Opportunity Knocks as More Customers Seek Detailed Septic Inspections

Septic system inspections could soon contribute more to Ken Allen's Septic's bottom line, and owner Caston Lovely is gearing up for the change

Opportunity Knocks as More Customers Seek Detailed Septic Inspections

Caston Lovely, owner of Ken Allen’s Septic in Presque Isle, Maine. (Photo By Becky Shea)

Interested in Onsite Systems?

Get Onsite Systems articles, news and videos right in your inbox! Sign up now.

Onsite Systems + Get Alerts

Septic system inspections don’t contribute much to the annual revenue at Ken Allen’s Septic in Presque Isle, Maine. But owner Caston Lovely sees that changing in the coming years, and he’s gearing up by investing in new equipment that will take his inspections to a higher level — and generate more income.

“We bought a RIDGID SeeSnake inspection camera this year and provide customers with video inspections of all pipes in and out of the system,” he says. “We charge significantly more per inspection than what we did before. Our time is valuable, and I believe we can generate a good revenue stream for a service for which we’ve been undercharging.”

The company currently charges a nominal fee for inspections, which essentially includes just a visual inspection of the tank and its inlet and outlet ports, plus a compilation of information about the residence or business and the tank location, for future reference.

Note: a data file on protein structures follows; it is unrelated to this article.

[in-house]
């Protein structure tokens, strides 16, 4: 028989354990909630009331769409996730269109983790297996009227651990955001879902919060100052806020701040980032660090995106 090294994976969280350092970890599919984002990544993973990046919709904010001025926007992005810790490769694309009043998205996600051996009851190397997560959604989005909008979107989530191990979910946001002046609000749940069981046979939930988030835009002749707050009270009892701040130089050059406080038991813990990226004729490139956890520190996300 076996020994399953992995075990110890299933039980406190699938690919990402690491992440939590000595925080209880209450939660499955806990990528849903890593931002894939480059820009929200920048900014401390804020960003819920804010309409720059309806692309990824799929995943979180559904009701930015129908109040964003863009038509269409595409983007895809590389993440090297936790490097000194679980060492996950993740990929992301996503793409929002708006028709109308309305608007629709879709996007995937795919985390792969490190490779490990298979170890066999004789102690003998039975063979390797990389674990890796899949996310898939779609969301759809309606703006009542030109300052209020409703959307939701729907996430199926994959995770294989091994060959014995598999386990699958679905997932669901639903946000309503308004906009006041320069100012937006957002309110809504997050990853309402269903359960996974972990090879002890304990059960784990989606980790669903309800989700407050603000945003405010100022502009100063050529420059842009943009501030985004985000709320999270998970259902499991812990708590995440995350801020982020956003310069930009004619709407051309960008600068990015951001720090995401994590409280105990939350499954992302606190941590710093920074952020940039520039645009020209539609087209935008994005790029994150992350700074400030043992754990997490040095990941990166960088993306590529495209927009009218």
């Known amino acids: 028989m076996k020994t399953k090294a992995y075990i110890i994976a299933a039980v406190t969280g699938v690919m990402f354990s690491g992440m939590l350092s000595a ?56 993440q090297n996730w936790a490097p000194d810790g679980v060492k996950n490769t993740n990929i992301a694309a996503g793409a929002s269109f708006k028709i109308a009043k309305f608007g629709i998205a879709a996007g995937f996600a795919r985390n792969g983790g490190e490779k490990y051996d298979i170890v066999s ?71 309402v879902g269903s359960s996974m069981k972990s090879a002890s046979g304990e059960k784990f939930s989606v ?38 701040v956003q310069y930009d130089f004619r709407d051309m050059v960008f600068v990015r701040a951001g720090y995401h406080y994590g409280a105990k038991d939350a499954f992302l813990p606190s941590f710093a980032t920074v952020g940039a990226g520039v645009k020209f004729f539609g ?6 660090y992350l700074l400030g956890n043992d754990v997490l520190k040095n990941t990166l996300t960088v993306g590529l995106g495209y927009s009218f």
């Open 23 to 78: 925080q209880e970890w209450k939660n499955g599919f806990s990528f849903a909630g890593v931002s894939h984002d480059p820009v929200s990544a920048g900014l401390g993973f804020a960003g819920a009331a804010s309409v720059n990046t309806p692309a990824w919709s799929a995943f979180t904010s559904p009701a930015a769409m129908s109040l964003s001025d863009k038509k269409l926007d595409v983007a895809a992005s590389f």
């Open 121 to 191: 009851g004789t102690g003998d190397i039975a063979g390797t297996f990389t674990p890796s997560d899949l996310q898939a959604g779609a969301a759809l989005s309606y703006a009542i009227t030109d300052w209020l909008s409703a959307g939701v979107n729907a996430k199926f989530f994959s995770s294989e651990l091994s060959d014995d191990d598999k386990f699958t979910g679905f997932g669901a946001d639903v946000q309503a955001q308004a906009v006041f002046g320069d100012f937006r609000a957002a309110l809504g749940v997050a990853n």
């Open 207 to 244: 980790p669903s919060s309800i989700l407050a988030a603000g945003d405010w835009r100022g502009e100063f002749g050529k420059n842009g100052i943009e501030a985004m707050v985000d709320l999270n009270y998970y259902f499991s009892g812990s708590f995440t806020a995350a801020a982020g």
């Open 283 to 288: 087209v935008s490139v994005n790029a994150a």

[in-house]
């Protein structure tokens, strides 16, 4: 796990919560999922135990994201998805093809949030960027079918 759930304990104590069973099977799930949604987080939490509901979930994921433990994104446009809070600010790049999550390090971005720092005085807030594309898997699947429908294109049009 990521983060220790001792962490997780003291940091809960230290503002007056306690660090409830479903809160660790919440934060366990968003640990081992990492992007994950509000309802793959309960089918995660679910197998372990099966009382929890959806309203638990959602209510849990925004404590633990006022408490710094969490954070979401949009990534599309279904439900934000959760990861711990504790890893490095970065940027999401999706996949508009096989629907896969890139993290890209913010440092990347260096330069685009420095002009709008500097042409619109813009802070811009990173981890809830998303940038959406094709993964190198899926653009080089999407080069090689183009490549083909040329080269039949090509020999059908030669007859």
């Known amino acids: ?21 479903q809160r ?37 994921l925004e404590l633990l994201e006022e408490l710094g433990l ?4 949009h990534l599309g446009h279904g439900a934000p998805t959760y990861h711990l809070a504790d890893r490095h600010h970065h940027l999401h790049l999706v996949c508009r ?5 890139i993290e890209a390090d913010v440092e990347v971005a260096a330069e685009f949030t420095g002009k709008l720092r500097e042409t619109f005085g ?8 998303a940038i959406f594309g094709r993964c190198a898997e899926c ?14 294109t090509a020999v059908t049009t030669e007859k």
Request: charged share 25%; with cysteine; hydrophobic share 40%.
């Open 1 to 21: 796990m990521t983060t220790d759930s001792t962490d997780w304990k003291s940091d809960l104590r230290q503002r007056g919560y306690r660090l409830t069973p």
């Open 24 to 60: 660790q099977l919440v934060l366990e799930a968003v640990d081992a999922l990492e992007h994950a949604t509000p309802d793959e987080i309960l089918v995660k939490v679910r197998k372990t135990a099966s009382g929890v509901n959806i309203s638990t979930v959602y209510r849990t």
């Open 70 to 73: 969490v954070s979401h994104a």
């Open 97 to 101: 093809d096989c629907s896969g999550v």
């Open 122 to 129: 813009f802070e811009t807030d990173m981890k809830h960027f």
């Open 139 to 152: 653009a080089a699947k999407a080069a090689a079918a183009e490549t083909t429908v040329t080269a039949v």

But Lovely sees growing interest — especially from people buying homes — in a more detailed examination of septic systems, which will take more time. In addition, customers will receive a DVD or a thumb drive of the video inspection, so everything will be documented in digital a format, he says.

“More and more, customers want better peace of mind about the condition of the drainfield and pipelines,” he says. “The frost here can penetrate upward of 6 feet underground, and that wreaks havoc on infrastructure, with shifting pipes and so forth.”

Some of the older farmhouses in Lovely’s area were built in the 1800s. “Everything back then was homemade,” he says. “We’ve had people move into a house where the former owner lived for 30 or 40 years and there never had an issue. But now there are, say, three children in the family that owns the house … and it doesn’t take long for issue to emerge. Too often, the septic tank gets overlooked.”

He believes that whoever pays for the inspections — whether it’s the buyer, the seller or the real-estate company — will realize there’s value in a more detailed inspection.

To inspect systems, pumpers in Maine need to obtain a license from the state for $10. To renew the license annually, they also must take a recertification class. “It’s good because it keeps us current on what’s going on,” Lovely says.


Comments on this site are submitted by users and are not endorsed by nor do they reflect the views or opinions of COLE Publishing, Inc. Comments are moderated before being posted.